A new research that was published in the magazine Nature Astronomy might give us some clues on how the largest planet in our Solar System, Jupiter, was formed. For decades, this was a commonly discussed subject amongst scientists, as the formation mechanism of the planet that has 300 times the mass of Earth was still not understood.
So how was Jupiter formed?
Several astrophysicists have united their forces in order to decipher the mysteries about how Jupiter was created. Yann Alibert, who is a Science Officer of the Swiss National Centre of Competence in Research (NCCR) PlanetS and the lead author of the paper, explained how the giant planet was formed. It appears that at the beginning, during the first one million years, tiny pebbles with the size of a centimeter gathered and created a core. Later on, throughout the next two million years, an accretion of larger rocks, planetesimals, having the size of a kilometer, took place.
According to Alibert, “during the first stage the pebbles brought the mass”, however, it seems that “in the second phase, the planetesimals also added a bit of mass, but what is more important, they brought energy.” Three million years later, Jupiter had expanded to a mass of 50 Earths and then later the gas runaway accretion continued, which led to the gas giant that has now a mass 300 times bigger than that of our planet.
A delayed growth involved in the formation of Jupiter
Julia Venturini, who is a postdoc at the University of Zürich, mentioned that the question that motivated the research was: how was it possible for Jupiter to have grown from 20 to 50 Earth masses in two million years? Following the calculations of the researchers, it was established that the time the young Jupiter had a mass of 15 to 50 Earths was longer than it was formerly believed. The astrophysicists mentioned that during this formation stage, the collisions with the large rocks generated sufficient energy to heat the gaseous atmosphere of the young planet, thus preventing the rapid cooling, contraction and a future gas accumulation. This is how the gas accretion was delayed.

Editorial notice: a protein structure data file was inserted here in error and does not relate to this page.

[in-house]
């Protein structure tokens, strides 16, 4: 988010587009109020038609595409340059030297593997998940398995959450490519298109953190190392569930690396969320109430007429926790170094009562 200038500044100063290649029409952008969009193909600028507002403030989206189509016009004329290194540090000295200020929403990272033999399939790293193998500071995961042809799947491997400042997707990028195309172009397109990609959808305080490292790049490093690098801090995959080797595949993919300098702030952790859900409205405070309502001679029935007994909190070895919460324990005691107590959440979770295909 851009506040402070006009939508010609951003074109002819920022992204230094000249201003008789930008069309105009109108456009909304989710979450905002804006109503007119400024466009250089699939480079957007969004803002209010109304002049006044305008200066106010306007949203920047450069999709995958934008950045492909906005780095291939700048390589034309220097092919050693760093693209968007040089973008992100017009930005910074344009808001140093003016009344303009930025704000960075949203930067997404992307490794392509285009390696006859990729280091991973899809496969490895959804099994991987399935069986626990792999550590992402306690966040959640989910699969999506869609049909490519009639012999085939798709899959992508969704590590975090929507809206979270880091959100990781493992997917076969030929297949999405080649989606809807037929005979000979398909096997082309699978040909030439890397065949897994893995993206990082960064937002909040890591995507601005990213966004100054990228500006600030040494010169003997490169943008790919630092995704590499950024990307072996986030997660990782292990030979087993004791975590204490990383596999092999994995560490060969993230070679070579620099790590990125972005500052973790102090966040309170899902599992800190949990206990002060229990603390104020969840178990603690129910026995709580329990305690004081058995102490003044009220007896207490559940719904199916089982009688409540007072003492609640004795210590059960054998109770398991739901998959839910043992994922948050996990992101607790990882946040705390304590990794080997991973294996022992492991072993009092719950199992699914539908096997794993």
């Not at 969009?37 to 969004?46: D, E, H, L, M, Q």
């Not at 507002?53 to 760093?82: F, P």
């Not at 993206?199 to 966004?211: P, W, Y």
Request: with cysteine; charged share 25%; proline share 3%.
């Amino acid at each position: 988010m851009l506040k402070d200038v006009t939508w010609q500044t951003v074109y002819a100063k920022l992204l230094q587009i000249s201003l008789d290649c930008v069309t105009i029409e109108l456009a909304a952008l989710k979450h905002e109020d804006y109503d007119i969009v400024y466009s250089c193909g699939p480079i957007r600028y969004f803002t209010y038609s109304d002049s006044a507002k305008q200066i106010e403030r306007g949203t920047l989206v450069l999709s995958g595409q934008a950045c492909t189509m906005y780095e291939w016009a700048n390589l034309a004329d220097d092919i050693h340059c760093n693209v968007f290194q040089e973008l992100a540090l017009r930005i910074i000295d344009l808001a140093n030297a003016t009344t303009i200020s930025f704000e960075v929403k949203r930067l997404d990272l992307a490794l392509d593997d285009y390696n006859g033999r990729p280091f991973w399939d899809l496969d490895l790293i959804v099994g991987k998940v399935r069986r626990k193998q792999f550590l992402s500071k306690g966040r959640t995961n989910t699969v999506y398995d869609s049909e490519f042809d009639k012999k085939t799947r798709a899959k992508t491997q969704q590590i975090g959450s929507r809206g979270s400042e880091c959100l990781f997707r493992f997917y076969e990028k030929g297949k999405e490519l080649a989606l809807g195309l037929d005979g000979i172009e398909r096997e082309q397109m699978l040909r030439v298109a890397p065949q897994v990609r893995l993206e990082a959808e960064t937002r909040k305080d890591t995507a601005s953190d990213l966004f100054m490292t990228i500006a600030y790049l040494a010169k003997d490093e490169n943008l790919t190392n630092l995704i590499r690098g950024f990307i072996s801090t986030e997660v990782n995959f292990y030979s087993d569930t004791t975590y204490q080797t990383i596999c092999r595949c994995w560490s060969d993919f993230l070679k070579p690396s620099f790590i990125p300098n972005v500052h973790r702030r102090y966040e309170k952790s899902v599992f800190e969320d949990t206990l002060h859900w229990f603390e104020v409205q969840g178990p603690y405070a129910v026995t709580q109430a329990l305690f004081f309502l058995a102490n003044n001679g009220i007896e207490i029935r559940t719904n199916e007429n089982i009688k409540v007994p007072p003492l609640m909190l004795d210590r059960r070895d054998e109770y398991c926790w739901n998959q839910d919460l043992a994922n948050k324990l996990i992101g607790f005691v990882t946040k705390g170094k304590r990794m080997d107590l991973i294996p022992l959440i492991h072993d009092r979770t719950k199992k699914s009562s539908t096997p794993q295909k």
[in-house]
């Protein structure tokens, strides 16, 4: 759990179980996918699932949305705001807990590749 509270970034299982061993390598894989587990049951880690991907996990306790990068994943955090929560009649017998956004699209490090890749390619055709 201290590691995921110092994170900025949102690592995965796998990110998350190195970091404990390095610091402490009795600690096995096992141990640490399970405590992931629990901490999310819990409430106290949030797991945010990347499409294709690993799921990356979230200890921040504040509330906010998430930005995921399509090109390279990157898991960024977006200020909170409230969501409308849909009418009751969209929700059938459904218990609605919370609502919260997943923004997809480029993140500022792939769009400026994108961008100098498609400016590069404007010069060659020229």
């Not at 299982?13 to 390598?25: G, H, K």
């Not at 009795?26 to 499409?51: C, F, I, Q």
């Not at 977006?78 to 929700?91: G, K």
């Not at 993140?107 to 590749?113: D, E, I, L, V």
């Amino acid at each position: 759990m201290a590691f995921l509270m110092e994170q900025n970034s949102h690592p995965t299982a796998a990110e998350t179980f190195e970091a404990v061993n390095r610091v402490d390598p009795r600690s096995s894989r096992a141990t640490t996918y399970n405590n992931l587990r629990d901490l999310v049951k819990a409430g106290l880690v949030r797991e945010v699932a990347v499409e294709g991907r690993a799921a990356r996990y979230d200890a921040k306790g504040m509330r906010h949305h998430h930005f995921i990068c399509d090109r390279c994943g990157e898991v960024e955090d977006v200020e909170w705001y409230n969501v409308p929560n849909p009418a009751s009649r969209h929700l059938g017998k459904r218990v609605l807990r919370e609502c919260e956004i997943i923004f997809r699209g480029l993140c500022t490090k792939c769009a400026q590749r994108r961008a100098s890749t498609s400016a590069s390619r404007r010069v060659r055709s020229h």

Patrick Supernaw is the lead editor for Great Lakes Ledger. Patrick has written for many publications including The Huffington Post and Vanity Fair. Patrick is based in Ottawa and covers issues affecting his city. In addition to his severe hockey addiction, Pat also enjoys kayaking and can often be found paddling the Rideau Canal. Contact Pat here